As I have grown to understand God’s providence, His sovereignty over the course of history, down to the minutest detail, I have felt the need to adjust some of my vocabulary. This is reflected in a great shirt from New Fire Paradise that says “Deo Non Fortuna”
Often, when we desire to wish someone well, we tell them “Good luck!” But where does luck finds itself in a Biblical worldview? It doesn’t. History is not goverened by the blind hand of the Roman goddess Fortuna. Neither is it influenced by the younger, hipper Lady Luck, ruling from her roost in the Bellagio.
An appropriate replacement of “Good luck!” might be “Providential blessings!”
But what about: “I was driving home yesterday and I ran out of gas. Fortunately I was close enough to a gas station that I rolled in just as my car died.” ? That’s easy: “By God’s grace, I reached the gas station just in time!”
However, one of the sayings I use the most is “Unfortunately I can’t make it tonight. I’ve got other plans.” I tried to find an equivalent phrase that reflects God’s providence, rather than some idea of fortune, but I couldn’t. That’s when I was reminded of A. W. Pink’s words:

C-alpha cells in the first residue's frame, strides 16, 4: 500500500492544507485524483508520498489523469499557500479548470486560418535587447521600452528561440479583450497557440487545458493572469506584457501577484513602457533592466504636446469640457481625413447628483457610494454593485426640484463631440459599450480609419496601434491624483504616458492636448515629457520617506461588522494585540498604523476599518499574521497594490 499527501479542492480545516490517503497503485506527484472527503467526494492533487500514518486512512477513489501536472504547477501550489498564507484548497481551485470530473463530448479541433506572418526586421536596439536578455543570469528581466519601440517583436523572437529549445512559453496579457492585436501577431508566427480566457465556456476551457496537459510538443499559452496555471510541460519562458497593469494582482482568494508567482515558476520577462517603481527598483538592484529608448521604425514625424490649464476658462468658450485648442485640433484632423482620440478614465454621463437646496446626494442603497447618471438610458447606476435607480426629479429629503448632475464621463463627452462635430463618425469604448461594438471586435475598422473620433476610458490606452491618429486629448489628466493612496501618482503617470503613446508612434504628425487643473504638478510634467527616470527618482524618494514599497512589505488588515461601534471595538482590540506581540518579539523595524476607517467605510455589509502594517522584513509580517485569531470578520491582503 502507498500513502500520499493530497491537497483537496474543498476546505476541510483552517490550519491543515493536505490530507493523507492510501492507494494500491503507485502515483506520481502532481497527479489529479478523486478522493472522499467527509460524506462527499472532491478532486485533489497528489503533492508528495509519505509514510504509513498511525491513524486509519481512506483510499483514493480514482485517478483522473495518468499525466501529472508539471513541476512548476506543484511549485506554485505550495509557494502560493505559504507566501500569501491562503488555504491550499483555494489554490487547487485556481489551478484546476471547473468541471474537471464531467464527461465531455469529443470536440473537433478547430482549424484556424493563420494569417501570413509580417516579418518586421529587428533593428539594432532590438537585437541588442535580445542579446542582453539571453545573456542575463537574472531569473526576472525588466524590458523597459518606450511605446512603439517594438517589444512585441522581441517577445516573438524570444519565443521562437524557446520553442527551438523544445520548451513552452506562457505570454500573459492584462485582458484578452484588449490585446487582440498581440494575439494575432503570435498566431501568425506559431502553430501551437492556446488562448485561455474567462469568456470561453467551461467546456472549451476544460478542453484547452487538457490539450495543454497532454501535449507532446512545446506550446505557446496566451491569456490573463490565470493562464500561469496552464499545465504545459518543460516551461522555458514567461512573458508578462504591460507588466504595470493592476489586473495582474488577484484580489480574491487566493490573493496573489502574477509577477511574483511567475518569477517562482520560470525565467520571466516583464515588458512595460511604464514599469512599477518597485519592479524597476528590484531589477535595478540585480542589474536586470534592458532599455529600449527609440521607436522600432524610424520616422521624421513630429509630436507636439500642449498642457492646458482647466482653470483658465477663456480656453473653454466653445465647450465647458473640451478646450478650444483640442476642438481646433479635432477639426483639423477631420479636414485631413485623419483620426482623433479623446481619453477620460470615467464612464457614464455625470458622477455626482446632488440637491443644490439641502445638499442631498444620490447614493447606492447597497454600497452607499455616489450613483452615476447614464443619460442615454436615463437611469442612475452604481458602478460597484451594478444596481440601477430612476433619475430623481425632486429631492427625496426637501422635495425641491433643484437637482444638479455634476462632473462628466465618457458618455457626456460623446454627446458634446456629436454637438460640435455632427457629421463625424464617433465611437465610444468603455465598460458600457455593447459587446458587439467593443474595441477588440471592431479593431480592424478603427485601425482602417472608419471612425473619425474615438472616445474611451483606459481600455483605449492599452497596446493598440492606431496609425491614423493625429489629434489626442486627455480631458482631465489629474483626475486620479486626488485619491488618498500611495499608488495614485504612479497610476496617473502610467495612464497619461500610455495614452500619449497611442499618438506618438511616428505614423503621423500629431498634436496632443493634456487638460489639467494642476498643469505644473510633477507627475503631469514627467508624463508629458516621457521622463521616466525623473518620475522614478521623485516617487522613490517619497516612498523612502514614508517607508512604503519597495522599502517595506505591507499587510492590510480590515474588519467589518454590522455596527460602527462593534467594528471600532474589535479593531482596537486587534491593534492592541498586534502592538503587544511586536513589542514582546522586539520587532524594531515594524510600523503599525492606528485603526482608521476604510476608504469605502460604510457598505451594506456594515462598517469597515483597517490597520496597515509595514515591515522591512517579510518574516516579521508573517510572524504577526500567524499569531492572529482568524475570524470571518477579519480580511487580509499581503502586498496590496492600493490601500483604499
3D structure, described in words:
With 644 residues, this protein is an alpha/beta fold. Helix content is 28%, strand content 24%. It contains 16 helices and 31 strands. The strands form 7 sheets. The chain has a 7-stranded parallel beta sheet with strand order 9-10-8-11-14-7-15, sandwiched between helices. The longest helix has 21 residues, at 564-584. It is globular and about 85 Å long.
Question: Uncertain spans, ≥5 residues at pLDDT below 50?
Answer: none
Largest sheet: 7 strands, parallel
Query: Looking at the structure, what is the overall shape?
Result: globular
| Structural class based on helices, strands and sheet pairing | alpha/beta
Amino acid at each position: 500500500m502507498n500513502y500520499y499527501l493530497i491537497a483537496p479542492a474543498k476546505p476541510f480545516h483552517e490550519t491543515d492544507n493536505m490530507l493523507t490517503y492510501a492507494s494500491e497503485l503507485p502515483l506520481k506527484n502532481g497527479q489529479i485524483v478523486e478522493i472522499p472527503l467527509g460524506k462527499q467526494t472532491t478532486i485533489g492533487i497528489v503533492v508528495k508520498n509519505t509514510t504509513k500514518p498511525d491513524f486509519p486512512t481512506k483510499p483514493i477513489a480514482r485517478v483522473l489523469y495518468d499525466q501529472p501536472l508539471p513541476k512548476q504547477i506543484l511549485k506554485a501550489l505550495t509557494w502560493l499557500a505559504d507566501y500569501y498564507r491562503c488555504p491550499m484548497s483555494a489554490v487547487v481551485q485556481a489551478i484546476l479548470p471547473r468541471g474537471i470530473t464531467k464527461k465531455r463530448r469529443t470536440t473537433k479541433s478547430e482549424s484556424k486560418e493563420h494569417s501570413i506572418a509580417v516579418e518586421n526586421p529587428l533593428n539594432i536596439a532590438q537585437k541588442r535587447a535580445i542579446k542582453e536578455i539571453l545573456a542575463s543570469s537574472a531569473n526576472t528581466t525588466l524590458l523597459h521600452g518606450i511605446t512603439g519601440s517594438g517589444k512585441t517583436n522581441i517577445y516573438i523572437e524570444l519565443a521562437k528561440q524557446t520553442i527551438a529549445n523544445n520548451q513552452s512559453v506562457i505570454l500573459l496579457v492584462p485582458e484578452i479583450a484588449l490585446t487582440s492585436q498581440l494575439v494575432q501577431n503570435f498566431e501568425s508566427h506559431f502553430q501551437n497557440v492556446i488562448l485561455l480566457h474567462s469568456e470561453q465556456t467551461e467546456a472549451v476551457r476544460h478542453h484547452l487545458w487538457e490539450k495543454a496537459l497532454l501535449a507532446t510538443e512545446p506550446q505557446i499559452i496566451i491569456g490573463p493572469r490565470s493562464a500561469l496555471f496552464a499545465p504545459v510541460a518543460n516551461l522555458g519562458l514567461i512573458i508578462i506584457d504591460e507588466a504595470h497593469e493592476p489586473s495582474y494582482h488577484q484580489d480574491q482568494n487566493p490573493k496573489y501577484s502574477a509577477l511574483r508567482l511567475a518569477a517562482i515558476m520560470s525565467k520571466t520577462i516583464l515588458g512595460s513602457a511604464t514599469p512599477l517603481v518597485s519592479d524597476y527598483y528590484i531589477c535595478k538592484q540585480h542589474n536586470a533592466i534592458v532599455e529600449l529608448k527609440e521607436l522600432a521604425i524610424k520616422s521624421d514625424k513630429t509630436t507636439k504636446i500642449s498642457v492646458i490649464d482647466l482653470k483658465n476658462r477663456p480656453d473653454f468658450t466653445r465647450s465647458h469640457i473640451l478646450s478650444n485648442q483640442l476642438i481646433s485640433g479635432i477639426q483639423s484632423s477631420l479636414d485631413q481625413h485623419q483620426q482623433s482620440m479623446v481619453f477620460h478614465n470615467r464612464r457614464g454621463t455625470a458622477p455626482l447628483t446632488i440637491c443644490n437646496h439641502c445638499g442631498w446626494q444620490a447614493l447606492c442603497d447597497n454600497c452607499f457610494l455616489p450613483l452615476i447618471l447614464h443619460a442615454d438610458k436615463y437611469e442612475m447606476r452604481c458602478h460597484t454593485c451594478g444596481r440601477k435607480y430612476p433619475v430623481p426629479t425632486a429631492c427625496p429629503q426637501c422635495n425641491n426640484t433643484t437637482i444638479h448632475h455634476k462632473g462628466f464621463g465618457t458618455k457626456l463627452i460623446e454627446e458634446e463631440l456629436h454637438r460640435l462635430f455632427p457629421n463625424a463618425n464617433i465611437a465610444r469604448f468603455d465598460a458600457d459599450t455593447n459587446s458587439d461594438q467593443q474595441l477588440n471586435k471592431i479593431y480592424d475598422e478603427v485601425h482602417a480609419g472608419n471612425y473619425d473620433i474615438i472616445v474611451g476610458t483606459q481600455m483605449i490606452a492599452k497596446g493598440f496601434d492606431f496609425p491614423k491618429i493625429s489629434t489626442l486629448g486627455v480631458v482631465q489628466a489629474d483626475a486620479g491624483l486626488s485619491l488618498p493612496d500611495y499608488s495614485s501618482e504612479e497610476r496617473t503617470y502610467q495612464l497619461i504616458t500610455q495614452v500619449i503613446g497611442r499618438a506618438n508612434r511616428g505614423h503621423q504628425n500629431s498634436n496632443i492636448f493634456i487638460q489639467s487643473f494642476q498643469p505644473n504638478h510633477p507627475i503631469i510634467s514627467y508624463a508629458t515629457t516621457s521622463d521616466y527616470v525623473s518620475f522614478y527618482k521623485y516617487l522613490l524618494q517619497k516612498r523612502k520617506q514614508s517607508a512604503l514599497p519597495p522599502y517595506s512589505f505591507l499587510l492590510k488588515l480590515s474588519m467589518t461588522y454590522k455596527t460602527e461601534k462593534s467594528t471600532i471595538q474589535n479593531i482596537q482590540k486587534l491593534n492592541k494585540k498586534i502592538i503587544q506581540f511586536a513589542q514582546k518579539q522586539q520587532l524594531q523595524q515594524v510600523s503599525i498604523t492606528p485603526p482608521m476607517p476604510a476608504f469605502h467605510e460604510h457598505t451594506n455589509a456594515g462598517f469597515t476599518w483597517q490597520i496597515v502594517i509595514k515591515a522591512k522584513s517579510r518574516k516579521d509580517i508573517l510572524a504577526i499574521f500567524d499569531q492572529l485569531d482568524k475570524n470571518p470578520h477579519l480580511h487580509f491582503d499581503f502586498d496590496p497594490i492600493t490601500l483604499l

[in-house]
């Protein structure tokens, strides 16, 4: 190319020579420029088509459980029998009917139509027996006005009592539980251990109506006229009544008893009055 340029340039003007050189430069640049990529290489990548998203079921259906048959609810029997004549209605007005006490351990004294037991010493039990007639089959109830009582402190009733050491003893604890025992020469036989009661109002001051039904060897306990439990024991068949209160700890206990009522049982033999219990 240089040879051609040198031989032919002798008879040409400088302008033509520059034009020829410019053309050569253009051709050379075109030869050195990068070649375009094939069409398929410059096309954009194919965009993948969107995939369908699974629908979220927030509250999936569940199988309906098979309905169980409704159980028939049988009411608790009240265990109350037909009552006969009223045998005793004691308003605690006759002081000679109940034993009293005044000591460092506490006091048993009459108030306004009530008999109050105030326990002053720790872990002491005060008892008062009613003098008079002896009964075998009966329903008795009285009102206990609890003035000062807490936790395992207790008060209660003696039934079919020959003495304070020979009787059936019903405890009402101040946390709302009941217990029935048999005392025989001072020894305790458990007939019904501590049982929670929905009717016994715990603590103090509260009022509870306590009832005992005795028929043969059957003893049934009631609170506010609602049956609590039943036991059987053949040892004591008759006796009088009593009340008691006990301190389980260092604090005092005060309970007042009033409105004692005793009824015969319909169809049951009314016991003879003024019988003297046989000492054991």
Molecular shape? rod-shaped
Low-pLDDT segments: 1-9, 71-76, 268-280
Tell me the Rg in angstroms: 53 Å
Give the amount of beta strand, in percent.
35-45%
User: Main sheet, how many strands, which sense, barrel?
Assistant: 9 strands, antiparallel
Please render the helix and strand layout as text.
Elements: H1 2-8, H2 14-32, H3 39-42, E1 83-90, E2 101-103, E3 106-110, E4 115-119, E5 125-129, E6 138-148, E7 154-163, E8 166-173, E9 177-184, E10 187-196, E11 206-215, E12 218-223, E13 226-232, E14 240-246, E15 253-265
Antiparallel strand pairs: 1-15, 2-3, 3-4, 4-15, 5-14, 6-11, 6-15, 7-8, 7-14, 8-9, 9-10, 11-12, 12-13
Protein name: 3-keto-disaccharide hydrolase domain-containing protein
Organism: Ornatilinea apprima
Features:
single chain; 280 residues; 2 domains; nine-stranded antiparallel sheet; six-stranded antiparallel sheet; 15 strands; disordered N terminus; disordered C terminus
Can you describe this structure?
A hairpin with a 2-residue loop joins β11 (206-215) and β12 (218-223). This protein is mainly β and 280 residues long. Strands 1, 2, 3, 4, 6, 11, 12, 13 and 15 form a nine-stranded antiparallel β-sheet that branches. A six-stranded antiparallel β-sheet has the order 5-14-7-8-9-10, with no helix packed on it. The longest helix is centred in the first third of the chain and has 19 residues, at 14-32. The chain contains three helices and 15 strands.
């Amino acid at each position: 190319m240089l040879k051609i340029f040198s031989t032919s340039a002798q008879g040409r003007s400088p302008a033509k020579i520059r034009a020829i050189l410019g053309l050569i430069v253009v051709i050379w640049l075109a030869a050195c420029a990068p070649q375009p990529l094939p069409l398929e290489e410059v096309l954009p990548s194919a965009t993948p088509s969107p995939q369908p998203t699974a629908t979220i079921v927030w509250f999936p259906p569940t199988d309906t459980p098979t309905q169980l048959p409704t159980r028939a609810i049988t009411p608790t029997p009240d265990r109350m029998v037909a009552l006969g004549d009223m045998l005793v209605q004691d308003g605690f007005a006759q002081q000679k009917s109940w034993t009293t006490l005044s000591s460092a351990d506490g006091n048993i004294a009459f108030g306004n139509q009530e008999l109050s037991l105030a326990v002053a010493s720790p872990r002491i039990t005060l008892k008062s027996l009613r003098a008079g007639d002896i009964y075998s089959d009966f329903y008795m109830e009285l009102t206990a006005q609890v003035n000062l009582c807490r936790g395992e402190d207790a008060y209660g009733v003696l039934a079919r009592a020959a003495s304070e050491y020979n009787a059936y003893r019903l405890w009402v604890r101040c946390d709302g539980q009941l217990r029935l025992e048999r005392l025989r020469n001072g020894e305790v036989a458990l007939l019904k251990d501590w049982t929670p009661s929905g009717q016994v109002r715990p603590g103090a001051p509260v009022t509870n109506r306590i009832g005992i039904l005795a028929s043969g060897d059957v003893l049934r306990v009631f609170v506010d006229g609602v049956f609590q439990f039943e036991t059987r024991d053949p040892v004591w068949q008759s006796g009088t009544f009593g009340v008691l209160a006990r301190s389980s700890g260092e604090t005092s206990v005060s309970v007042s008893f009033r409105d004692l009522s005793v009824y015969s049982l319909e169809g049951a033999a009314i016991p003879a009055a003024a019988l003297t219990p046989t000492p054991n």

Truly, then, God governs inanimate matter. Earth and air, fire and water, hail and snow, stormy winds and angry seas, all perform the word of His power and fulfill His Sovereign pleasure. Therefore, when we complain about the weather we are, in reality, murmuring against God.
There is no Biblical equivalent of “Unfortuante” because nothing that God decrees is “2 a: infelicitous , unsuitable b: deplorable , regrettable”
So consider God’s sovereignty next time you are tempted to call something unfortunate.